Friday, January 27, 2023

Today's read... Wolfwood by Marianna Baer

The cover caught my attention on today's read. It circles around the world of art, and a girl's reals struggles to discover herself in a difficult situation with a sick mother. Now, I'm not the most avid reader of contemporary and 'serious' tales, but this one takes a bit of a fantastical dive, which I'm assuming will border on magical realism. And it includes jungles and monsters. So, I'm curious to see how it all comes together.

by Marianna Baer
Young Adult Magical Realism
384 pagesg

MARCH 28th!!!

A teenage girl begins secretly forging paintings, plunging her into a dark and dangerous imaginary world
Indigo and her mother, once-famous artist Zoe Serra, have barely been scraping by since her mom's breakdown. When a gallery offers Zoe a revival show for her unfinished blockbuster series, Wolfwood, Indigo knows it's a crucial chance to finally regain stability. Zoe, however, mysteriously refuses. Desperate not to lose the opportunity, Indigo secretly takes up the brush herself.
It turns out, there might be a very good reason her mother wants nothing to do with Wolfwood.
Painting submerges Indigo into Wolfwood itself—a dangerous jungle where an army of grotesque, monstrous flora are in a violent battle with a band of girls. As Indigo enters Wolfwood again and again, the line between fantasy and reality blurs. It's a tenuous balancing act: keeping her forgery secret and her mind lucid, all while fighting her attraction to Kai, the son of the gallery owner.
And by the time Indigo realizes the true nature of the monsters she's up against, it might be too late—and the monsters might just win.


A harsh reality mixes with desperation, the art world, and violent, monstrous fantasy to create a unique experience on a journey of self-discovery.

Zoe can't believe her ears, when the art gallery's owner explains she can sell Zoe's mother's paintings for almost $100,000 a piece. After living in a run-down basement with barely enough food to survive while working two jobs, going to school, and repairing the apartments above them, it's a dream come true. But Zoe soon discovers that her mother hasn't painted the rest of the Wolfwood series and refuses to without reason...and that with even more building debt than Zoe even knew. Zoe's desperate, but she doesn't realize what monsters are hiding behind the story Wolfwood portrays...ones which are out for blood.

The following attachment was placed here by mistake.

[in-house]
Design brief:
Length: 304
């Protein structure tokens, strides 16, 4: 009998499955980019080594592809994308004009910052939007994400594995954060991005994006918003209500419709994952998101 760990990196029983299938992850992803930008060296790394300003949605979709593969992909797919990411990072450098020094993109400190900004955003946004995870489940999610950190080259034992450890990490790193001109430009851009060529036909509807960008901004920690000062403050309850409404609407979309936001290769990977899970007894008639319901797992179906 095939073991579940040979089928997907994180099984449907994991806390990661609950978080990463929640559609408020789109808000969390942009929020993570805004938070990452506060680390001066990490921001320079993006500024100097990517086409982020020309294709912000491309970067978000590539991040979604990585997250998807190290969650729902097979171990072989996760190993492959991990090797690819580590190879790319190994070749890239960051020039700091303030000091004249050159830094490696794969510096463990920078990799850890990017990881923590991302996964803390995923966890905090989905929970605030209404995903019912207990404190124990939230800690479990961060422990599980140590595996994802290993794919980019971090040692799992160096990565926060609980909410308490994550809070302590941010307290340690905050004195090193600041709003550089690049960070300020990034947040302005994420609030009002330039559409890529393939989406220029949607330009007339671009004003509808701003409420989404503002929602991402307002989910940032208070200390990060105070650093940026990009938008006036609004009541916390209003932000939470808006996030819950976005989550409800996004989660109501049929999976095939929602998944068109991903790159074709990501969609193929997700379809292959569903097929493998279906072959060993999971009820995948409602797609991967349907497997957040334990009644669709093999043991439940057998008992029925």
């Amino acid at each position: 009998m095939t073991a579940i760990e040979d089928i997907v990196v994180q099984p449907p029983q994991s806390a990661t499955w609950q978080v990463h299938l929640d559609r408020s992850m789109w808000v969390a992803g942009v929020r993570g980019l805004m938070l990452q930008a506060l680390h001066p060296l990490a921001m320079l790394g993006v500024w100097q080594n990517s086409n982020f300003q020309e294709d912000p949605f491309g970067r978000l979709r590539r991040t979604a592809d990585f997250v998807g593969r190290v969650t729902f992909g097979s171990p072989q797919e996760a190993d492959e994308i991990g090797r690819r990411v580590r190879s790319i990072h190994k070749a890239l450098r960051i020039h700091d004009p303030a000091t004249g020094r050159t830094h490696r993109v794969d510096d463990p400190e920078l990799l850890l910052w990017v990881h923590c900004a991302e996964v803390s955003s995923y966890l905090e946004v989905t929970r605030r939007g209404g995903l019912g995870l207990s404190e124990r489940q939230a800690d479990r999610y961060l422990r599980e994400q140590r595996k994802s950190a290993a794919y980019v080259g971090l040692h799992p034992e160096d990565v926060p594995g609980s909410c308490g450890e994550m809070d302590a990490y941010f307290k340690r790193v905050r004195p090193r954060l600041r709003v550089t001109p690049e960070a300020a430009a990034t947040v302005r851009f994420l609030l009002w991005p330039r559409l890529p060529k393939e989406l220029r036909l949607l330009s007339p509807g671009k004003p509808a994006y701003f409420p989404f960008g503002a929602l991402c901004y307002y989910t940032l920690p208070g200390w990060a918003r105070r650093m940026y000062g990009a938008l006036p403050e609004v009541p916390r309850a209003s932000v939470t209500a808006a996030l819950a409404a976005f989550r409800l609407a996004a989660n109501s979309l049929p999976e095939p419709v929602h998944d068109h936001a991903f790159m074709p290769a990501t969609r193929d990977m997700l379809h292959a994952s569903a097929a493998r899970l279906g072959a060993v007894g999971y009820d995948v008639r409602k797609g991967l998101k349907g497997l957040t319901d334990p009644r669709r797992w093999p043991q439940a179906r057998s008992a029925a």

Zoe's rough life in poverty smashes full force into the high-class world of art, buyers, and galleries. She's been working two jobs to pay the bills, while her mother suffers heavily from depression and other unaddressed mental issues. Zoe's attitude isn't as negative as one might think, but she does wish there was a way to, at least, lighten the load and earn some real meals. It's hard not to feel for her, especially since she doesn't have any lofty desires. Despite the problems, her relationship with her mother is very good. There are some understandable arguments and misunderstandings, but the love between them is golden.

When Zoe hits the rich world, her desire to somewhat fit in builds one aspect of the plot. She tries to hide her situation, but at the same time, doesn't grow obsessed with reaching the same status...which I appreciated. Her goals stay on pulling her and her mother out of their situation. She makes some bad decisions, but even these are understandable. Even the romance end, which taps constantly on her door, plays in the background as her main goal never waivers. So, there isn't a love at first sight or even heavy concentration on this like is found in many young adult novels. It's there, adds a nice subplot, but doesn't overwhelm.

The gem in this tale comes with the whirl of Wolfwood's fantasy with Zoe's reality. Wolfwood has a very heavy story behind it, one which rotates around Zoe's mother. Zoe has no clue about what truly inspired the series, but when she paints, she's drawn into the very violent, plant-eating world with a group of girls, she's determined to save. These scenes are packed with danger and tension of a very different kind. The tale switches back and forth between Zoe's reality and the one in the paintings. Plus, the mother's own history slides in little by little in its own, shorter chapters. It never grows confusing and is very well laid out, so as to lure the reader in little by little. There were a few moments, where I found myself skimming, but it was more out of curiosity of what would happen next than boredom.

The ending leaves some questions unanswered, but I assume that's the intent. This is a tale, which calls food for thought. The ending is heart-wrenching in several ways, and yet, satisfying, too. 

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